maximum. If you encounter problems with submission, please contact the Challenge Webmaster.
- Track determination: An entry containing results using "Agnos" data only for all 5 datasets may qualify
for the agnostic track ranking. We will ask you to fill out a fact sheet about your methods to determine whether
they are indeed agnostic. All other entries will be ranked in the prior knowledge track, including entries
mixing "Prior" and "Agnos" representations.
- Reproducibility: Participation is not conditionned on delivering your code nor publishing
your methods. However, we will ask the top ranking participants to voluntarily cooperate to reproduce their
results. This will include filling out a fact sheet about their methods and eventually sending us their
code, including the source code. If you use CLOP, saving your models will facilitate this process.
The outcome of our attempt to reproduce your results will be published and add credibility to your results.
- Ranking: The entry ranking will be based on the test BER rank (see the evaluation page).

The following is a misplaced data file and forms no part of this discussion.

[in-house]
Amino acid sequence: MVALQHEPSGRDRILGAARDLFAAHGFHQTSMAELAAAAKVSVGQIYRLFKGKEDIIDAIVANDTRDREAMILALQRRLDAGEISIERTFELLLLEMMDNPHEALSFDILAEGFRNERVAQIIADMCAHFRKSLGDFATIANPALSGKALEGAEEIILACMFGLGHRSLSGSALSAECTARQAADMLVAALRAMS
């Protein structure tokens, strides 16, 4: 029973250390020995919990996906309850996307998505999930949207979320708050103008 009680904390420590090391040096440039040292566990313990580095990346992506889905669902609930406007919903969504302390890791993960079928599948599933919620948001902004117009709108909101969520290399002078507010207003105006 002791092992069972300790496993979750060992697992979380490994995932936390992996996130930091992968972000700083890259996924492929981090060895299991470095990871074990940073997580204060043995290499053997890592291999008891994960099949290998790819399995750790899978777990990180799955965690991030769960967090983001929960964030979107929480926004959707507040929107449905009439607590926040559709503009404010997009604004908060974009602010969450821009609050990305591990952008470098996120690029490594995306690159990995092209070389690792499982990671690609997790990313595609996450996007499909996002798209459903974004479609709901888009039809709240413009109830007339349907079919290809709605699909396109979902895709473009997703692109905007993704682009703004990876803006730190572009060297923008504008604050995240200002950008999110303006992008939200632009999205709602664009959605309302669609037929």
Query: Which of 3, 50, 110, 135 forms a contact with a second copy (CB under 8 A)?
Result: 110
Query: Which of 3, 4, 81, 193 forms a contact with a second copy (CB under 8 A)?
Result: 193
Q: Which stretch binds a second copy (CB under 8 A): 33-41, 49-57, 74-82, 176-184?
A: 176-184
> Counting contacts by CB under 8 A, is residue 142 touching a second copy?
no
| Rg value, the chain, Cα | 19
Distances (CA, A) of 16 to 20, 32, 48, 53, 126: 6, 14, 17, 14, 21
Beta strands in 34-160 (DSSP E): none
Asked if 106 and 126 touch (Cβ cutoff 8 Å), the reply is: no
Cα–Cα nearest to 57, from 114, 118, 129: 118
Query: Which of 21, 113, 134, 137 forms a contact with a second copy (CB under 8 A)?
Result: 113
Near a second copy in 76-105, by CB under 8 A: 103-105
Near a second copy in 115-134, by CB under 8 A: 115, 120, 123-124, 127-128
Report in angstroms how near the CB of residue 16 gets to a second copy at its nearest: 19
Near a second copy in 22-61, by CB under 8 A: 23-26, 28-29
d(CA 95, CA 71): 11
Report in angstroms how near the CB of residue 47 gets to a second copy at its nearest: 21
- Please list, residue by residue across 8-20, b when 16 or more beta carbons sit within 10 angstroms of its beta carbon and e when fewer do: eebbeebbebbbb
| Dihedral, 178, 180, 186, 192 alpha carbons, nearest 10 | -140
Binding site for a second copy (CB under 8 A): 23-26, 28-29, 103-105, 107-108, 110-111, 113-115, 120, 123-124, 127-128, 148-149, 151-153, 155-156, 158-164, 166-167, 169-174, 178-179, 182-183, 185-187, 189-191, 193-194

- Prizes: There will be a prize for the best "Agnos" overall entry and five prizes
for the best "Prior" entries, one for each dataset. [Note that for our submission book-keeping, valid final submissions
must contain answers on all five datasets, even if you compete in the "Prior" track towards a particular dataset prize. This
is easy, you can use the sample submission
to fill in results on datasets you do not want to work on.]
- Cheating Everything is allowed that is not explicitly forbidden. We forbid: (1) reverse engineering
the "Agnos" datasets to gain prior knowledge and then submit results in the agnostic learning track without disclosing what you did in the fact sheet; (2) using the original datasets
from which the challenge datasets were extracted to gain advantage (this includes but is not limited to
training on test data and selecting models using cross-validated methods using all the data).
Top ranking participants will be under scrutiny and failure to reproduce their results will shed doubt
on their integrity and potentially harm their reputation.